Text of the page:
Friday, 11 August 2017

A Wednesday (2008)


A Wednesday does a hypnotic audience grip in its final act. The point it makes is instantly powerful and debatable.

The first hour though is an irritating mix of cliches, jarring background music, and some unintentionally laughable dialogue. The pace slackens in bringing various characters to the mix. The screenplay needed a serious fast forward for breathless, memorable impact. 

Naseeruddin Shah's excellent portrayal of the main protagonist binds us. So does Anupam Kher's restrained act. Jimmy Shergill's angry cop needed meat and reason. 

Though A Wednesday doesn't build up craftily, it hits the ground running, making it flawed, but solid entertainment.  

2012 (2009)


Why do we visit the movies so often? Everyone has their reasons. Sometimes, we all yearn for a sense of disbelief and an enlarged, impossible perspective. 

Like, who wouldn't want to die in epic style, with millions of fellow earthlings? Watch a whole island turn into a mammoth volcano and jump in manic glee. Scream like forever, falling into those mega earthquake cracks.   

Nobody dies the usual way in a template-ridden, mega budget, end of the world (yes again and again!) Hollywood disaster movie 2012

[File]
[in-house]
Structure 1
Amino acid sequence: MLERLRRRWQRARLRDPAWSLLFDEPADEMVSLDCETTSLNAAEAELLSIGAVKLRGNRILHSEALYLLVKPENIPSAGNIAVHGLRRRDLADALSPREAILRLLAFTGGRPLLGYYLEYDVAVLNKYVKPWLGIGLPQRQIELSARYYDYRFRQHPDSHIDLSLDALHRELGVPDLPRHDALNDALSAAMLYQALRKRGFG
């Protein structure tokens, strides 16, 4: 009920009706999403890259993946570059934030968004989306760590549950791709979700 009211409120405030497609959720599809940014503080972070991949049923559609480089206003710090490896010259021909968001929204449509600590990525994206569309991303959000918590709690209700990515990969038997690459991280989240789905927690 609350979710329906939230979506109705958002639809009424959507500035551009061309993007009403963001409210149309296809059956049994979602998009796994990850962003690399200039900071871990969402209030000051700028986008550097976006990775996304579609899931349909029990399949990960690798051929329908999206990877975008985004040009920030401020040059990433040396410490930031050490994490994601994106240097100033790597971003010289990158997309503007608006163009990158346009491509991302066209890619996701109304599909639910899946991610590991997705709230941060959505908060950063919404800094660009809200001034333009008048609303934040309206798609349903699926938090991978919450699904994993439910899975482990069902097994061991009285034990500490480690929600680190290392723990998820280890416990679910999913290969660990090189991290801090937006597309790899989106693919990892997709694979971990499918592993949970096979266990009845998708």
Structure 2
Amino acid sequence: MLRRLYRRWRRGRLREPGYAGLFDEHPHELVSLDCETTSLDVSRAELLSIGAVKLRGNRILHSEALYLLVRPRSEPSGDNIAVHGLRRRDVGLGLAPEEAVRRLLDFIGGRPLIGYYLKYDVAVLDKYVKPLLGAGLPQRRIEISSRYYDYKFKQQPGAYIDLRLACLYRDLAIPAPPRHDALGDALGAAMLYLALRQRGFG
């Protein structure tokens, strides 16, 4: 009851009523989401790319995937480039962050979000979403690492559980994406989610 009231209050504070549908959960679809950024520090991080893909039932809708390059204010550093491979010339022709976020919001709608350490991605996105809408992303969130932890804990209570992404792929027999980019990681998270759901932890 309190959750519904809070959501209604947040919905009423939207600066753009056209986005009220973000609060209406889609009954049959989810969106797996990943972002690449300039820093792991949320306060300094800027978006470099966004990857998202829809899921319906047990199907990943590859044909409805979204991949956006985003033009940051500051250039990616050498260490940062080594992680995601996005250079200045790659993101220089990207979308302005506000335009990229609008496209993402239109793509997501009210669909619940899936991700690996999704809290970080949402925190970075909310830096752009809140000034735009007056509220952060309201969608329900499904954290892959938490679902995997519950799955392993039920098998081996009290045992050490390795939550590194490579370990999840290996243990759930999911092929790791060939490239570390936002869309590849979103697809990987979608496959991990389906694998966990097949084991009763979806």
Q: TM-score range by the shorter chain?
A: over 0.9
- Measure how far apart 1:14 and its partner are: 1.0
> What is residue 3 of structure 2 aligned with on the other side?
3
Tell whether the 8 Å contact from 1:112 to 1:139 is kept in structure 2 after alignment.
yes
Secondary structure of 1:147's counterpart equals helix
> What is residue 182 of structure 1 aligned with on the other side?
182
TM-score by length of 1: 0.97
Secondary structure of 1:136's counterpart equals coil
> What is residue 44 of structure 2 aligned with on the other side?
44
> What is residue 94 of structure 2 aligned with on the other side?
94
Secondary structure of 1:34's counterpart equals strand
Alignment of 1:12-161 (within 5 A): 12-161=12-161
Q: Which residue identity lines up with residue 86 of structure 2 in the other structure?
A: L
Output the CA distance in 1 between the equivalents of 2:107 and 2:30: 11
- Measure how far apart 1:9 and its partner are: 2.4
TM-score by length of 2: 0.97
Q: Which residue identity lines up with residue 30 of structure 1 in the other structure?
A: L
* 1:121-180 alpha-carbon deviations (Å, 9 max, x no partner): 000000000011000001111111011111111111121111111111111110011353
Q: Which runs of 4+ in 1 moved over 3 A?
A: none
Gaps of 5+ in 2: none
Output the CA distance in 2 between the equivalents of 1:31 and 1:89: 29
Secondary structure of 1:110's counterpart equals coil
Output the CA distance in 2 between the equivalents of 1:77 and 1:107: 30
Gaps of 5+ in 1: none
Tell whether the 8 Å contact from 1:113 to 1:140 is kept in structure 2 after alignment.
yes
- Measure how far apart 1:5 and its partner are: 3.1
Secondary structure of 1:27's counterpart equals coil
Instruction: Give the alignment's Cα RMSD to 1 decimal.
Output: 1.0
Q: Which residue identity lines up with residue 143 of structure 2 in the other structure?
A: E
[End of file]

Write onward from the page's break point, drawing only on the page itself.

Predictably, the lead characters survive to save the day. So it is left to the VFX team (hail the visual effects people!) to make it all fun and convincing, even as cities fall apart and world-famous monuments are reduced to rubble. The loud soundtrack does the rest.

Don't look for a story, expect emotional pep talk on universal brotherhood and have fun. 2012 is a movie to be enjoyed and forgotten, to the unhealthy crunch of a popcorn tub and in dreading a possible asteroid attack. 

The Social Network (2010)

A pre-release poster 
Filled with characters going blah-blah-blah, The Social Network could so easily be a bore of a movie. 

After all, this is about the real and alleged founders of Facebook, the global social networking phenomenon, of people who mostly sat at their desks and typed code. The great outdoors - sunshine, rain and a rowing race make fleeting appearances. In fact, the film has most characters seated, most of the time. 

Instead, thanks to the genius of a screenplay adaptation by Aaron Sorkin of the Ben Mezrich book - The Accidental Billionaires, and David Fincher's (Seven, Fight Club) serene, matter-of-fact vision (direction) of the proceedings, we get a gem of a picture - contemporary, one of the wittiest and funniest films ever, a tongue-in-cheek perception into the world of the so-called nerds.

No other movie has keyed into the detained borders of the computer and Internet world with such delicious bite. Go for it!